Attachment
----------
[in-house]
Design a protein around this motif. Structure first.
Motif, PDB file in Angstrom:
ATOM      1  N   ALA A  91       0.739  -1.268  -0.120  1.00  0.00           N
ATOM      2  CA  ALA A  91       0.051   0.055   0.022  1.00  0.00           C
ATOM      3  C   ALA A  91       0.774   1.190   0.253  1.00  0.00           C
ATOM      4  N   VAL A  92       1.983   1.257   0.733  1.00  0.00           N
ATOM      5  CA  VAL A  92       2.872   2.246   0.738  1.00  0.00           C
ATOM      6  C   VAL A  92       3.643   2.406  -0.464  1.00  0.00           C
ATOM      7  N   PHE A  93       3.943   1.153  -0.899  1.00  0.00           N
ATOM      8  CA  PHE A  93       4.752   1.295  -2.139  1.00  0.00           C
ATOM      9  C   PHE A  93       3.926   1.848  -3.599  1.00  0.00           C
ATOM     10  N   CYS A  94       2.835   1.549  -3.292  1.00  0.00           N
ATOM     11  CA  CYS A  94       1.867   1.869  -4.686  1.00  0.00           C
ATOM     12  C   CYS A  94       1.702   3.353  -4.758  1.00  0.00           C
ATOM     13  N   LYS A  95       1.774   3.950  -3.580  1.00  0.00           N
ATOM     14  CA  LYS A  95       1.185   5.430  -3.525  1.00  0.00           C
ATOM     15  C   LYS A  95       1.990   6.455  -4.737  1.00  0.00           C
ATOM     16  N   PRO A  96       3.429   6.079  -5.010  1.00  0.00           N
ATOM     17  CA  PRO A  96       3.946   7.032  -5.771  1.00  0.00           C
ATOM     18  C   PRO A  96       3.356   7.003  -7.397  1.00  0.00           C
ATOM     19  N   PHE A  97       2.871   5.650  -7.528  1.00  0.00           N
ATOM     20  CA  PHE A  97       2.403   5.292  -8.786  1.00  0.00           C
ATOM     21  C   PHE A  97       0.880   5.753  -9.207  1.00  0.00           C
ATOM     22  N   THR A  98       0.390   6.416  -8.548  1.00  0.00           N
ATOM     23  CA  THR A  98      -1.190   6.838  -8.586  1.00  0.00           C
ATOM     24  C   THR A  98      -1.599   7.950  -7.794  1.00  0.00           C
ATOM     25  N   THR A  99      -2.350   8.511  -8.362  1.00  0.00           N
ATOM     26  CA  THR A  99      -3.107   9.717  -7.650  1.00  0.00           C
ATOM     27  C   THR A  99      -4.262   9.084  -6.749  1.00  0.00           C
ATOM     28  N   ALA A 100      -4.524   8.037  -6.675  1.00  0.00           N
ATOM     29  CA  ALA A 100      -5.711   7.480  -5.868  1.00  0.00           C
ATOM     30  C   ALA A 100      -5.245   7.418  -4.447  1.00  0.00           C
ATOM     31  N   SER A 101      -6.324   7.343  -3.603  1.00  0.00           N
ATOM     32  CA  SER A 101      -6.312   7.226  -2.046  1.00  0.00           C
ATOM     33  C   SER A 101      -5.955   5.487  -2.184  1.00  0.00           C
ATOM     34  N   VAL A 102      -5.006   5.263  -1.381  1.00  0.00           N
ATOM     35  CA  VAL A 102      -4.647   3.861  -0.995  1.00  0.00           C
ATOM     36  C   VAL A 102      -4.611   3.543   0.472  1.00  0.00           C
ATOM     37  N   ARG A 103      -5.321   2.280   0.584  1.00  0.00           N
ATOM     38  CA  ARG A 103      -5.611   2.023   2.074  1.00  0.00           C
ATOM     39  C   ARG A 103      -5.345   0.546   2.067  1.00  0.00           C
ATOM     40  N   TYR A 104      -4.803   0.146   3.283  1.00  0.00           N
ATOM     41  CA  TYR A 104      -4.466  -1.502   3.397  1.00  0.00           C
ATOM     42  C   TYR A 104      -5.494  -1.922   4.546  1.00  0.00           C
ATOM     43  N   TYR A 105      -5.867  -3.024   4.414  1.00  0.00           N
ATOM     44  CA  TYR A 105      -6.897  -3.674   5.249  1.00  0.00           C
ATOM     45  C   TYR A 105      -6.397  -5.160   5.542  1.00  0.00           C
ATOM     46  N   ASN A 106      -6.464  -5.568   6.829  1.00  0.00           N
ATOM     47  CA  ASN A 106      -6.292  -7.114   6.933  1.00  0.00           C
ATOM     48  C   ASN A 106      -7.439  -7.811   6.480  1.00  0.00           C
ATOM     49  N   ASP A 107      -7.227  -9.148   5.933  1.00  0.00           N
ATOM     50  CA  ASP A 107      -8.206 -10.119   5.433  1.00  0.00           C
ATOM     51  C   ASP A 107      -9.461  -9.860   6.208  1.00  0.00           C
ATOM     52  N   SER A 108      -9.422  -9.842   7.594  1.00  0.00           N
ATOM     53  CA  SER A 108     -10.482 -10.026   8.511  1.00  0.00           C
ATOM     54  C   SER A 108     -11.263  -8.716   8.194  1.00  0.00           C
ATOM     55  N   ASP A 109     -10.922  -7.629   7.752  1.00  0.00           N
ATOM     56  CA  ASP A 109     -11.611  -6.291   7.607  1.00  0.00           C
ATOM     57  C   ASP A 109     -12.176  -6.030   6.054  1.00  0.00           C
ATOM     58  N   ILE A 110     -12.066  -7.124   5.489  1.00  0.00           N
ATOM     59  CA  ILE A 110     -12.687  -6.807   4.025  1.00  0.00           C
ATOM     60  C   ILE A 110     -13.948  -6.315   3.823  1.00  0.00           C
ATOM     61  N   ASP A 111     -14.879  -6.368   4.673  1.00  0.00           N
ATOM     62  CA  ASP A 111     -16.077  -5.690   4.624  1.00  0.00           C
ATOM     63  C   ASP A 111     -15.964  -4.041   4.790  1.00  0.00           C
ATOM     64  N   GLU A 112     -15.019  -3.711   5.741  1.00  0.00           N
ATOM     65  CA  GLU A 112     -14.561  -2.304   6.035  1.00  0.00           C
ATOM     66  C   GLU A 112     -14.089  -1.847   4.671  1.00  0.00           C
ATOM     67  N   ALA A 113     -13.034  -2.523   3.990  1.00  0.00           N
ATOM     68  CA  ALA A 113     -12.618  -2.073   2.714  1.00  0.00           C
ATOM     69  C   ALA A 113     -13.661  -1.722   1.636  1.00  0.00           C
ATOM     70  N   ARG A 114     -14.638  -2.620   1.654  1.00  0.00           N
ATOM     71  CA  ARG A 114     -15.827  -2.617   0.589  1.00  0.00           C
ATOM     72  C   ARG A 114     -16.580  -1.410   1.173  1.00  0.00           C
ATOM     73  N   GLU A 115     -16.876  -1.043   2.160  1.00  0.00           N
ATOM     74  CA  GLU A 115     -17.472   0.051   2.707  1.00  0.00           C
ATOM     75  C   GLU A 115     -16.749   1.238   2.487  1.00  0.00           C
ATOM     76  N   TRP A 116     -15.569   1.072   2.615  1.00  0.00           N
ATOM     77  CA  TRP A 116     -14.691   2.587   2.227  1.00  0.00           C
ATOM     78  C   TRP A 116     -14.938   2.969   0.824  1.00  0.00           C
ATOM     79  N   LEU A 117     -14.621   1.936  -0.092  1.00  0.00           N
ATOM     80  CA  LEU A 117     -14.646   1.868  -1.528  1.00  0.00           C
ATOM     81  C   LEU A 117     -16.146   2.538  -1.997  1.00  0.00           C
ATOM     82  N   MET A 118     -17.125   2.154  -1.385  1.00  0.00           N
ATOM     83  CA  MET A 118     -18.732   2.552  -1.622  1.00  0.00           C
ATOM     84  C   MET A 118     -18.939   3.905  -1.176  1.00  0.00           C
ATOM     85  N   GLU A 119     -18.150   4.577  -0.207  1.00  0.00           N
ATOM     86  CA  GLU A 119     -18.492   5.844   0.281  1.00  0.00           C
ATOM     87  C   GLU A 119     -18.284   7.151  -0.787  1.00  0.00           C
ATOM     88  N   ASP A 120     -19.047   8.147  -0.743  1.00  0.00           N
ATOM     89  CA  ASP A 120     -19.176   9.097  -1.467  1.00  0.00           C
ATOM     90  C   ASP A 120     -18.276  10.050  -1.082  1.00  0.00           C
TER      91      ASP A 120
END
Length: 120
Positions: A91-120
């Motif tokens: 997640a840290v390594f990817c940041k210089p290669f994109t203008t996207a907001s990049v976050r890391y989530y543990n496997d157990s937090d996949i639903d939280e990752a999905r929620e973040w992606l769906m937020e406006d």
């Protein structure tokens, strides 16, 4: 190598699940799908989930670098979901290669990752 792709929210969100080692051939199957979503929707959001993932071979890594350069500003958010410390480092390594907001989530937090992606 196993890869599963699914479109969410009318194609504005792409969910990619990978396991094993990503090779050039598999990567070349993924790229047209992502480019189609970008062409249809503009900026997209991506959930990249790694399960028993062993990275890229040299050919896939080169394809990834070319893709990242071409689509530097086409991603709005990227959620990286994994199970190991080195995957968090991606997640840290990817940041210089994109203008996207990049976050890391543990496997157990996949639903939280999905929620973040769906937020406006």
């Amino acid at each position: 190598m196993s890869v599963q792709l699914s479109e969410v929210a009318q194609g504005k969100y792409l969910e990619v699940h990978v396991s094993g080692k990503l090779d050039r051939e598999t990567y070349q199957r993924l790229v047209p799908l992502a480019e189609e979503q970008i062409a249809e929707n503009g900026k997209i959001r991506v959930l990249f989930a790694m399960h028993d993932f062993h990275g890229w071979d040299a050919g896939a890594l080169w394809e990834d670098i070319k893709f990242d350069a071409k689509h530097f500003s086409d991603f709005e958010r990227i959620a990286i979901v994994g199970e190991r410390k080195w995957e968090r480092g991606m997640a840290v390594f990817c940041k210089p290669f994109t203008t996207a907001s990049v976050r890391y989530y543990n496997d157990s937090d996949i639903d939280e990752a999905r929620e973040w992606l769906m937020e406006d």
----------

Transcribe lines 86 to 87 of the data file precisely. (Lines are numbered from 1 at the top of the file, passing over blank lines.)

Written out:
ATOM     83  CA  MET A 118     -18.732   2.552  -1.622  1.00  0.00           C
ATOM     84  C   MET A 118     -18.939   3.905  -1.176  1.00  0.00           C